City Council approved without comment yesterday six pieces of legislation to help Mayor Nutter trim the city budget, but then battled over a nonbinding resolution calling on him to delay the closure of 11 branch libraries.
Councilwoman Maria Quinones Sanchez introduced the resolution, which has no power in the mayor's decision to close the libraries, saying that the budget measures need "more discussion, more deliberation."
Councilman Jim Kenney countered that his colleagues should stop trying to "trip up this administration" as it deals with a budget crisis and "commit ourselves into not misleading people into believing that this resolution is going to change anything."
Councilman Bill Greenlee also said that the resolution "gives the wrong impression to people."
Council members Bill Green, Jannie Blackwell and Curtis Jones Jr. defended the resolution's call for more debate. "It asks for time, for more deliberation, for more information . . . so we can work with the administration through hearings to understand the situation and propose alternatives," Green said.
Blackwell praised Nutter for holding public meetings to discuss the budget cuts. Talking about the problem gives people hope, Blackwell added.
"That's not mean-spirited," she said. "That's not a wrong signal."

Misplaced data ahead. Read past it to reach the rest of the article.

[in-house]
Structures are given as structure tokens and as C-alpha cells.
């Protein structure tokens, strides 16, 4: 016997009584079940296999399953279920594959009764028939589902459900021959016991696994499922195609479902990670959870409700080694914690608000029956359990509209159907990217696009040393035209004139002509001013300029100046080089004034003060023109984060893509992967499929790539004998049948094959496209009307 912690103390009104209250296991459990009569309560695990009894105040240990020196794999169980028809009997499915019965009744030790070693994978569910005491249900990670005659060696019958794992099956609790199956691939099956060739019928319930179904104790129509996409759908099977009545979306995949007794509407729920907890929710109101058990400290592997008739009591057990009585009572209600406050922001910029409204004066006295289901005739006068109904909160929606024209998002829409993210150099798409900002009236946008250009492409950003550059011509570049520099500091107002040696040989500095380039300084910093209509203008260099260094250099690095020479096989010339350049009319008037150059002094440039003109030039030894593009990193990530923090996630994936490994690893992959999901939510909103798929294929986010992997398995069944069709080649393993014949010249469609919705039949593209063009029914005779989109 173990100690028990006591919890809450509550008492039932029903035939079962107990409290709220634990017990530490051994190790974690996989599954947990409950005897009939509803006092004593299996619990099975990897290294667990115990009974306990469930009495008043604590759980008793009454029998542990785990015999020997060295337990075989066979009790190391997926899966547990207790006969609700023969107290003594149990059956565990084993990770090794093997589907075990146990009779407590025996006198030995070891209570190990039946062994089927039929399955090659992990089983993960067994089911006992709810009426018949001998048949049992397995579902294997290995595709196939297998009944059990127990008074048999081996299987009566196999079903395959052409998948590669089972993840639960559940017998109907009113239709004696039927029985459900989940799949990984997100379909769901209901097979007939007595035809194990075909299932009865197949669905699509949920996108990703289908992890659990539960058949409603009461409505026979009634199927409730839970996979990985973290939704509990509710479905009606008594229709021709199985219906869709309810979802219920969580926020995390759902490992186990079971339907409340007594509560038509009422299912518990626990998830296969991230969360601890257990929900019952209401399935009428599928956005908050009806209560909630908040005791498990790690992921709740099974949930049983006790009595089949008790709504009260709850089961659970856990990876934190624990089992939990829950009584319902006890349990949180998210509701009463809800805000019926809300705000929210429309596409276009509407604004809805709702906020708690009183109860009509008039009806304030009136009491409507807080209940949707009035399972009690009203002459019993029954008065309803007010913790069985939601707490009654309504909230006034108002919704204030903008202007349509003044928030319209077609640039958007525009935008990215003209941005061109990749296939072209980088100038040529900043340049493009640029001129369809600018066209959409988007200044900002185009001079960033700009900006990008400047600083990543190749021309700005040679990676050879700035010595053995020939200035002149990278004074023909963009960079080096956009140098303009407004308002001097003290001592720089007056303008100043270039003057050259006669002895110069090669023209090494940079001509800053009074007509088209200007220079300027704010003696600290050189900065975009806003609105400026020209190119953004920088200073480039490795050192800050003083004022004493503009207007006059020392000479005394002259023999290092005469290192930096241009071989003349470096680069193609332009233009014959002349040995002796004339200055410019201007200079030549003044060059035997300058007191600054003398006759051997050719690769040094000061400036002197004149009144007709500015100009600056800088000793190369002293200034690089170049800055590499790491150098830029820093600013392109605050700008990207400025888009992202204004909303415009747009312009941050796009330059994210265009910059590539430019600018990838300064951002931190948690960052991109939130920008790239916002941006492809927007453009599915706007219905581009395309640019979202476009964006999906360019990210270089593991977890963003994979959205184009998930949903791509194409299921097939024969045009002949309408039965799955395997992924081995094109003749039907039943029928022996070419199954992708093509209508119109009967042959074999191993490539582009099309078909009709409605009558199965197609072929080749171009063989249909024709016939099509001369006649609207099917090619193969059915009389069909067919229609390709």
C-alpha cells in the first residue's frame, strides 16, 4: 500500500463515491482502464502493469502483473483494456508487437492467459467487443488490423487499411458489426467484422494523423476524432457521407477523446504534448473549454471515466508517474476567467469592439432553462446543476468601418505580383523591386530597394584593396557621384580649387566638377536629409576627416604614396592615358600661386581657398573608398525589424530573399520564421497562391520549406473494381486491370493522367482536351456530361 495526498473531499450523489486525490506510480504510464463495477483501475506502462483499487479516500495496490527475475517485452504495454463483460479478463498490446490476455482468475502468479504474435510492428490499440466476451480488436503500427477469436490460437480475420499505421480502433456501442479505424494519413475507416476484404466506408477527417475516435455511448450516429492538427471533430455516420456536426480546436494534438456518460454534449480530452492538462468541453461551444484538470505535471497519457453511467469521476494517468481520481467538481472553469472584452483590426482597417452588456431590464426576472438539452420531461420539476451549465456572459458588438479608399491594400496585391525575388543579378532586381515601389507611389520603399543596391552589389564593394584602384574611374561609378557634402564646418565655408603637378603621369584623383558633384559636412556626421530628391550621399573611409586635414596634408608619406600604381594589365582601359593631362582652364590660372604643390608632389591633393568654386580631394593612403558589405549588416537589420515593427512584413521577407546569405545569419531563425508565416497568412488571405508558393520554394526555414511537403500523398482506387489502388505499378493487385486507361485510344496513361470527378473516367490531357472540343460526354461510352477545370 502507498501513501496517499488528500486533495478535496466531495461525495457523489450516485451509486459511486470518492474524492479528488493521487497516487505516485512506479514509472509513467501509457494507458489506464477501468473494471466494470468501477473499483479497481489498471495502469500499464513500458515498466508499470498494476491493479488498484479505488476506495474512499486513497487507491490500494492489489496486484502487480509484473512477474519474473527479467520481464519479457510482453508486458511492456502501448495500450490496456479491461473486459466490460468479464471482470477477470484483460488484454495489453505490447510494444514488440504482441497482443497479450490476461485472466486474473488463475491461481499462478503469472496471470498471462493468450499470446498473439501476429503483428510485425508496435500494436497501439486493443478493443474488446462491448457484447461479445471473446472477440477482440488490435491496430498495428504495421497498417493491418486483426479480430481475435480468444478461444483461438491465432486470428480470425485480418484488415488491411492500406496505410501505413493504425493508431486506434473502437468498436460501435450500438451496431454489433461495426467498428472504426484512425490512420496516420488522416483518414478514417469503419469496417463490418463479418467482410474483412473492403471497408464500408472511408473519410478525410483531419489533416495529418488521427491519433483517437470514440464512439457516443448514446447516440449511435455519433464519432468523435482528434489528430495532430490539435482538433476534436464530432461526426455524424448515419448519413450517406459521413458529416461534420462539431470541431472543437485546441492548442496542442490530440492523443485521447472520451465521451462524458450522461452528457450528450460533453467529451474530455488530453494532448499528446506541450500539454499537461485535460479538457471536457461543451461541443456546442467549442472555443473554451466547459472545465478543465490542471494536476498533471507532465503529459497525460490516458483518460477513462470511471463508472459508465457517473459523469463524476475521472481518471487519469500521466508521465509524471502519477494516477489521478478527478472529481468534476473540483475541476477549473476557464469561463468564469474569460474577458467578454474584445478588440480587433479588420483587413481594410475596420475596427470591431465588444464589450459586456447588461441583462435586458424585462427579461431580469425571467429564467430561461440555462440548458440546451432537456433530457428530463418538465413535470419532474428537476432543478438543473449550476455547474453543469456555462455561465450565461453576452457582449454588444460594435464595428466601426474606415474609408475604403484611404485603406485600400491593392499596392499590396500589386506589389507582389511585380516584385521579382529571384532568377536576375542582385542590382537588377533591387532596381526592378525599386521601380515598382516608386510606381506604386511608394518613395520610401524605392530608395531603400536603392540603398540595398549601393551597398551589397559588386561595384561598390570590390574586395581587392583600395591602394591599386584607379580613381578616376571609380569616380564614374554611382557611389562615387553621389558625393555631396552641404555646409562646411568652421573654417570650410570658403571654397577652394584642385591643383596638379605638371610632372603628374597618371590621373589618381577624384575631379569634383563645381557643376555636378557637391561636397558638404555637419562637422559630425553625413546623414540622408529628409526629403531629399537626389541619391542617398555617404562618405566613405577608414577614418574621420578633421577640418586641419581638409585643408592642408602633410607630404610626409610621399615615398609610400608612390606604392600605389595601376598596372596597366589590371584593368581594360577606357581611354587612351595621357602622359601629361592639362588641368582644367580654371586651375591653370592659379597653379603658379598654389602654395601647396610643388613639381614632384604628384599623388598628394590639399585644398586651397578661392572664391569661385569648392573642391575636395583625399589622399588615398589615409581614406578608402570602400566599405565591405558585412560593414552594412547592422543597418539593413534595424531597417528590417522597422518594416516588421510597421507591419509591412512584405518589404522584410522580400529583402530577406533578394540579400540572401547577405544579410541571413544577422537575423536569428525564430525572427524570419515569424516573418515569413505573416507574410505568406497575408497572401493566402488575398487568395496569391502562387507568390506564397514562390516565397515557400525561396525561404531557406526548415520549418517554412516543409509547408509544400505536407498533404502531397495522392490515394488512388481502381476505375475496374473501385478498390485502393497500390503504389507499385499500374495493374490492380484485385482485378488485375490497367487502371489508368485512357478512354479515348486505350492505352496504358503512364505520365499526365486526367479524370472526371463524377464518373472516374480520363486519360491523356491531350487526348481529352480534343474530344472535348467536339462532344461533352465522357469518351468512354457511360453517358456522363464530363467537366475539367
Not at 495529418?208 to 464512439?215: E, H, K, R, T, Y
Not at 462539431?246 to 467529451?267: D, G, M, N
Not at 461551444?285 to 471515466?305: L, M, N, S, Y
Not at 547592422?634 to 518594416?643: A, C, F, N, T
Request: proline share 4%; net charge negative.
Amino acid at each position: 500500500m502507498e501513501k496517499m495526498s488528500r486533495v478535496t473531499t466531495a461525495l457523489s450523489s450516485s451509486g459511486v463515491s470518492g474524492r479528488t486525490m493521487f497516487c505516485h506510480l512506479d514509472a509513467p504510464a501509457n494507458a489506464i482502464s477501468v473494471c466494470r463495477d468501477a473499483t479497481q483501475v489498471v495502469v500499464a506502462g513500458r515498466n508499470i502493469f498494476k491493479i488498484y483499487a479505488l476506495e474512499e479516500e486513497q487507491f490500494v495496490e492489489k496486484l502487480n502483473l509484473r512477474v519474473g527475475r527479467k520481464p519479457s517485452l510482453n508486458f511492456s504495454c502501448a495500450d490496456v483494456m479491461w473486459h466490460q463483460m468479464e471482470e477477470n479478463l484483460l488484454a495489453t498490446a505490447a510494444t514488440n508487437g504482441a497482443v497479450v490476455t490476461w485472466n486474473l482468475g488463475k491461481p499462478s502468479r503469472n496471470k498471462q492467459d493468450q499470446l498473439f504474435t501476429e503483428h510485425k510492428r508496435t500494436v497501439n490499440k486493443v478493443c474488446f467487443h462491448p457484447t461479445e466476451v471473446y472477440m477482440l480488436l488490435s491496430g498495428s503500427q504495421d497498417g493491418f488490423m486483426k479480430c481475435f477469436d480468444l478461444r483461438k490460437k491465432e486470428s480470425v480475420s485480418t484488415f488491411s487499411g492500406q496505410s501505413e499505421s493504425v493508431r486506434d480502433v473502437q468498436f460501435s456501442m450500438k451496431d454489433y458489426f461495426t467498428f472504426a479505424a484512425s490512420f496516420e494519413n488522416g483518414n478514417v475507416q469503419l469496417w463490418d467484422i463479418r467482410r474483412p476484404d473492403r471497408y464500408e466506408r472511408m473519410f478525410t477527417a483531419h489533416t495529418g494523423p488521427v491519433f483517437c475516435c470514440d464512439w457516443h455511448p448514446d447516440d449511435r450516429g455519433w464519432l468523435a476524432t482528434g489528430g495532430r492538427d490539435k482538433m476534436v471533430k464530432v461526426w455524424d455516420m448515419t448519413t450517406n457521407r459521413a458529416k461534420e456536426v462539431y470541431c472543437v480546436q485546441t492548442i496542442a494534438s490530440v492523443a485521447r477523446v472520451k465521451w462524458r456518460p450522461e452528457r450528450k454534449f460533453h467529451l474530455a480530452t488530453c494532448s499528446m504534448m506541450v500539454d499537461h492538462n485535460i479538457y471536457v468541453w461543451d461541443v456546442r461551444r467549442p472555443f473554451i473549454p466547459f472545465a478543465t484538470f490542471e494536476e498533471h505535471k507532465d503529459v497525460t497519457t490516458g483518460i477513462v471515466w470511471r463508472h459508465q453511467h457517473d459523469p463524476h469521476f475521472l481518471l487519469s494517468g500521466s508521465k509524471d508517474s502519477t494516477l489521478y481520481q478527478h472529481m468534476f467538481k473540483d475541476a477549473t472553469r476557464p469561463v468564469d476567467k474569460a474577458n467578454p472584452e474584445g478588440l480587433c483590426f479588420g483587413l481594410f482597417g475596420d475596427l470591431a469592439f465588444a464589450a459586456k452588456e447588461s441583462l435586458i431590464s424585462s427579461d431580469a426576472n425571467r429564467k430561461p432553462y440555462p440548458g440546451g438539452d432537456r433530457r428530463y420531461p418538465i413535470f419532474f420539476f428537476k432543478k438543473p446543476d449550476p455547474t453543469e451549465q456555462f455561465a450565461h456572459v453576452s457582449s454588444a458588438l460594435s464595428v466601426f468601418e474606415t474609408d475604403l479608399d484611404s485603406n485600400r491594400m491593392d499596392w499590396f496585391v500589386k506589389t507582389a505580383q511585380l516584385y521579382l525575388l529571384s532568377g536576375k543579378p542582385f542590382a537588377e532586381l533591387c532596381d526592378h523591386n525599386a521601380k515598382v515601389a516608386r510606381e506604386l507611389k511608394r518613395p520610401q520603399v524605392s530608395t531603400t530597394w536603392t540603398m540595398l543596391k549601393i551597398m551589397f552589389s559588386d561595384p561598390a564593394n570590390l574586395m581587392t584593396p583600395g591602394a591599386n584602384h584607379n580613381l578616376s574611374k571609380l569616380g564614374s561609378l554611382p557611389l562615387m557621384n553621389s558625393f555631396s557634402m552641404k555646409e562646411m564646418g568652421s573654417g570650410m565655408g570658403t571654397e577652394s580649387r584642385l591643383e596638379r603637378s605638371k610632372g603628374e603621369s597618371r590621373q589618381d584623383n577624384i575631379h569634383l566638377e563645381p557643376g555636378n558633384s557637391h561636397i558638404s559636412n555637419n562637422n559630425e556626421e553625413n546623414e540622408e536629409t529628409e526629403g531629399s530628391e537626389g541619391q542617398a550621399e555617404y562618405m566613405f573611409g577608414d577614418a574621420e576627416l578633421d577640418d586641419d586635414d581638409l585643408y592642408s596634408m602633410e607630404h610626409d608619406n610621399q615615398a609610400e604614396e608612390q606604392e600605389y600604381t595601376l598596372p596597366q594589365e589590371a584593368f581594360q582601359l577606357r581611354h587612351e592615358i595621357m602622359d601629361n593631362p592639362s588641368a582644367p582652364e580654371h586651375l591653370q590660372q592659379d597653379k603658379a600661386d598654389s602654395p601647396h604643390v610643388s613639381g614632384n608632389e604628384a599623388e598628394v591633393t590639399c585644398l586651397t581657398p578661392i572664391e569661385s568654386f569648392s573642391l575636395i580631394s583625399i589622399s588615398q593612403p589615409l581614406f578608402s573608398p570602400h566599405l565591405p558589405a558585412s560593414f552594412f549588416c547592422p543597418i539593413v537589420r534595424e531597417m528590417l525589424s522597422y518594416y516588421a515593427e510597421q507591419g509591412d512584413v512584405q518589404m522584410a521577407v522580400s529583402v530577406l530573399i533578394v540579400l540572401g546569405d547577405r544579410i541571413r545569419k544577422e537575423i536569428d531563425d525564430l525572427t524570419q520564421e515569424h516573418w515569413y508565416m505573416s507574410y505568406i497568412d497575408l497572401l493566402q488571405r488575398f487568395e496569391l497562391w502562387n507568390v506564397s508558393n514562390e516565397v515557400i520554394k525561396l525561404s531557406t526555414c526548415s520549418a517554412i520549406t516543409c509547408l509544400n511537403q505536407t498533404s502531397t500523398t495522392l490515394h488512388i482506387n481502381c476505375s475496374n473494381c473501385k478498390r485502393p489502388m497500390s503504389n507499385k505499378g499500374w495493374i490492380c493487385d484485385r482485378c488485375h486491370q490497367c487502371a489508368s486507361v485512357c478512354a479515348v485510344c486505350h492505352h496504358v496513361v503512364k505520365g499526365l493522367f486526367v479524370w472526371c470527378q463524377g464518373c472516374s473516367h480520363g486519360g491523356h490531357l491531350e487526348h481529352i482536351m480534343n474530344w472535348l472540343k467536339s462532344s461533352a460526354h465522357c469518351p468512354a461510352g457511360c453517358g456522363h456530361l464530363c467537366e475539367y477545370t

Jones argued that the resolution was not misleading.
"I support the mayor," he said. "I support his tough choices ahead. But I do disagree at how we arrive at the decisions."
The resolution was approved in a 12-5 vote, as a small crowd in the audience cheered and waved "save our libraries" signs. Council President Anna Verna, Kenney, Greenlee, Frank DiCicco and Marian Tasco voted against it.
Council dealt with less drama while approving legislation for Nutter that, along with service cuts and layoffs, will help the city close a $1 billion gap in the city's five-year financial plan.
The legislation delays until 2015 reductions in the city's business and wage taxes. It also raises many city fees, including several collected by the Department of Licenses & Inspections and the Department of Public Health.
Blackwell voted with the rest of her colleagues on two bills to put off the tax reductions but cast the lone vote against four bills that raised city fees. She later said that her opposition came from concerns that the fees would hurt small businesses, especially contractors and builders in West Philly.
"These fees price them out of the box," Blackwell said. "I don't think these fees raise enough money to solve our budget issues and hurt new businesses and small businesses who want the opportunity to participate." *